For a person diagnosed in their early 40s surgery would be my first reaction too.
However you have years to live with the decision you make, including years of anxiously waiting for PSA test results. That's why it is so important to get it right now and I think it would be a good idea to establish the probabilities of whether this cancer is completely within your prostate.
I think you need to consider three main things in my opinion:
1. A re-read of your pathology slide by an expert. (Bostick, Epstein). If the results come back at 4+4 or a 3+3 instead of a 3+4 this would give you something to think about
2. A MRI-S or a colour doppler. This would be mostly to check whether thre are any extra prostatic extensions visible - allowing your doctor to cut or radiate that area more carefully.
3. Investigate brachytherapy: The seeds destroy your prostate from the inside and radiate the area a couple of mm beyond the outside of the prostate. Its these couple of mm that make this option attractive - you are basically doing a removal and radiation all at once. Brachytherapy's cure rates are as good as surgery with fewer side effects. Worth looking at. The big psychological hurdle to get over is the fact that the prostate is still in you - not something that someone newly diagnosed wants. It's important though to go beyond a knee jerk reaction and think about the scenario where you have a biochemical reccurrance after surgery - in this case Brachytherapy will look very attractive.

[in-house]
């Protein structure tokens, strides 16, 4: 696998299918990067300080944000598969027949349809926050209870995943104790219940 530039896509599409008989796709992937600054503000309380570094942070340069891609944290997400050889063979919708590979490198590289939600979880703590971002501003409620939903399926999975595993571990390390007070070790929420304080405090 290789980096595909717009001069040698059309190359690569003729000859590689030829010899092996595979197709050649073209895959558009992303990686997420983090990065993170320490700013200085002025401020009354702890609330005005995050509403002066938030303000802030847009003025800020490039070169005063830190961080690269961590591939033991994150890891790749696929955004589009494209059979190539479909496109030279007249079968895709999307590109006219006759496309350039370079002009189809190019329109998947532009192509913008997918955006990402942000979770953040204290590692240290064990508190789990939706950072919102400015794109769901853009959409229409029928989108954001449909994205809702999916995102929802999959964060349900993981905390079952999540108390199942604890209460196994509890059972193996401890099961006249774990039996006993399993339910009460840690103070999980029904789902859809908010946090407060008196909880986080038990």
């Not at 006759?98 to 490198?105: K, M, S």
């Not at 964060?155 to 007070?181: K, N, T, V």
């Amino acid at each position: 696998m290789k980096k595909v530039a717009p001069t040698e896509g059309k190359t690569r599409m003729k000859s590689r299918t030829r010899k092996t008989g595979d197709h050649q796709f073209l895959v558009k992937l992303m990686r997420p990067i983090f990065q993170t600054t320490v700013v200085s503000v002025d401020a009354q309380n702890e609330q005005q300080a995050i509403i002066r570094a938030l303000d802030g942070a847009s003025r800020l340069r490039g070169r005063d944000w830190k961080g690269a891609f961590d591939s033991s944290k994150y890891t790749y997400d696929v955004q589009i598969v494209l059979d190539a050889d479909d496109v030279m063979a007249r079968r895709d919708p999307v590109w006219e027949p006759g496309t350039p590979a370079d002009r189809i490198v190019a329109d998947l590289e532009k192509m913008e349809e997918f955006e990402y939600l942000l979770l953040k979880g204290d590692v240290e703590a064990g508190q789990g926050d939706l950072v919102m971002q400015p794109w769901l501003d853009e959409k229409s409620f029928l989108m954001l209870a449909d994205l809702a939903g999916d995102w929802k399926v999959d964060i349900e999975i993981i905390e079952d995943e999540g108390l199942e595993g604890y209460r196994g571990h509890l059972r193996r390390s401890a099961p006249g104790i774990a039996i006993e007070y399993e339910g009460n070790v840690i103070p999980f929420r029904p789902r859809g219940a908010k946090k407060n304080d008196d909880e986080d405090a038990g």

My husband waited 4 months after the biopsy to have the surgery but the surgeon said the minimum time was 6 weeks.
Husband's age: 52. Sydney Australia.
Family history: Mat. grandfather died of PC at 72. Mat. uncle died of PC at 60. He has hereditary PC.
PSA: Aug07 - 2.5|Feb08 - 1.7|Oct09 - 3.67 (free PSA 27%)|Feb10 - 4.03 (free PSA 31%) |Jun10 - 2.69. DRE normal.
Biopsy 28Apr10: negative for a diagnosis of PC however 3 focal ASAPs “atypical, suspicious but not diagnostic” for PC. Review of biopsy by experienced pathologist, 1/12 core: 10% 3+3 (left transitional), 1/12 core: ASAP (left apex)
Nerve sparing RP, 20Aug10 with Dr Stricker. Post-op path: 3+4 (ISUP 2005). Neg (margins, seminal vesicles, extraprostatic extension). Multifocal, with main involvement in the fibro-muscular zone. T2C.
Post RP PSA,
Lab 1: Sep10 – 0.02|Nov10 – 0.03|Dec10 – 0.03
Lab 2: Nov 10 - 0.01|Dec10 – 0.01
Post Edited (An38) : 1/27/2011 9:59:18 PM (GMT-7)